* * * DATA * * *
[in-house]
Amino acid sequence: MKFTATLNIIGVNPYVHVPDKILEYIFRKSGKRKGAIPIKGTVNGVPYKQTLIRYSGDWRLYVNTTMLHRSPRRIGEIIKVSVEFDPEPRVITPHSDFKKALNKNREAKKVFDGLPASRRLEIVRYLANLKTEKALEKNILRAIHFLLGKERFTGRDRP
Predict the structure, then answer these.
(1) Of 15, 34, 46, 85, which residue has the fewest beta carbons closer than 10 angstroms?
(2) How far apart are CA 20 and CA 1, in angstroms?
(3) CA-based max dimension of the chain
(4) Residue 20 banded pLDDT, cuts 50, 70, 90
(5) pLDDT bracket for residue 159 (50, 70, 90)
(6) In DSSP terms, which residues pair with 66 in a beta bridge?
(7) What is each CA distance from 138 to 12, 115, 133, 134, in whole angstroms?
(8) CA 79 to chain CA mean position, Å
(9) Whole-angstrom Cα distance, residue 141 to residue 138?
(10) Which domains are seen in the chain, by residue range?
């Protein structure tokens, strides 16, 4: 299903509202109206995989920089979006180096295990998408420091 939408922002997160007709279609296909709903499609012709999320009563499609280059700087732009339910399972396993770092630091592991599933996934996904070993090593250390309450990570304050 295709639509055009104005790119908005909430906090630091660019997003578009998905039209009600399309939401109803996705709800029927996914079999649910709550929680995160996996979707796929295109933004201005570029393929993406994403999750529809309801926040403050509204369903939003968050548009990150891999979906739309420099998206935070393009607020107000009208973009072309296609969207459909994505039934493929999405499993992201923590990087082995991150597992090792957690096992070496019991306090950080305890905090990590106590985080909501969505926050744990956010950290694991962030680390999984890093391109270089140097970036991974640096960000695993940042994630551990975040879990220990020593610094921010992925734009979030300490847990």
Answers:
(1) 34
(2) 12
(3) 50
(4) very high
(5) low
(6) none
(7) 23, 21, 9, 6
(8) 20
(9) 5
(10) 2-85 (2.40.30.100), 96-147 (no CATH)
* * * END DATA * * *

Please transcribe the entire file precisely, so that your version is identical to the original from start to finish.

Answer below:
[in-house]
Amino acid sequence: MKFTATLNIIGVNPYVHVPDKILEYIFRKSGKRKGAIPIKGTVNGVPYKQTLIRYSGDWRLYVNTTMLHRSPRRIGEIIKVSVEFDPEPRVITPHSDFKKALNKNREAKKVFDGLPASRRLEIVRYLANLKTEKALEKNILRAIHFLLGKERFTGRDRP
Predict the structure, then answer these.
(1) Of 15, 34, 46, 85, which residue has the fewest beta carbons closer than 10 angstroms?
(2) How far apart are CA 20 and CA 1, in angstroms?
(3) CA-based max dimension of the chain
(4) Residue 20 banded pLDDT, cuts 50, 70, 90
(5) pLDDT bracket for residue 159 (50, 70, 90)
(6) In DSSP terms, which residues pair with 66 in a beta bridge?
(7) What is each CA distance from 138 to 12, 115, 133, 134, in whole angstroms?
(8) CA 79 to chain CA mean position, Å
(9) Whole-angstrom Cα distance, residue 141 to residue 138?
(10) Which domains are seen in the chain, by residue range?
């Protein structure tokens, strides 16, 4: 299903509202109206995989920089979006180096295990998408420091 939408922002997160007709279609296909709903499609012709999320009563499609280059700087732009339910399972396993770092630091592991599933996934996904070993090593250390309450990570304050 295709639509055009104005790119908005909430906090630091660019997003578009998905039209009600399309939401109803996705709800029927996914079999649910709550929680995160996996979707796929295109933004201005570029393929993406994403999750529809309801926040403050509204369903939003968050548009990150891999979906739309420099998206935070393009607020107000009208973009072309296609969207459909994505039934493929999405499993992201923590990087082995991150597992090792957690096992070496019991306090950080305890905090990590106590985080909501969505926050744990956010950290694991962030680390999984890093391109270089140097970036991974640096960000695993940042994630551990975040879990220990020593610094921010992925734009979030300490847990």
Answers:
(1) 34
(2) 12
(3) 50
(4) very high
(5) low
(6) none
(7) 23, 21, 9, 6
(8) 20
(9) 5
(10) 2-85 (2.40.30.100), 96-147 (no CATH)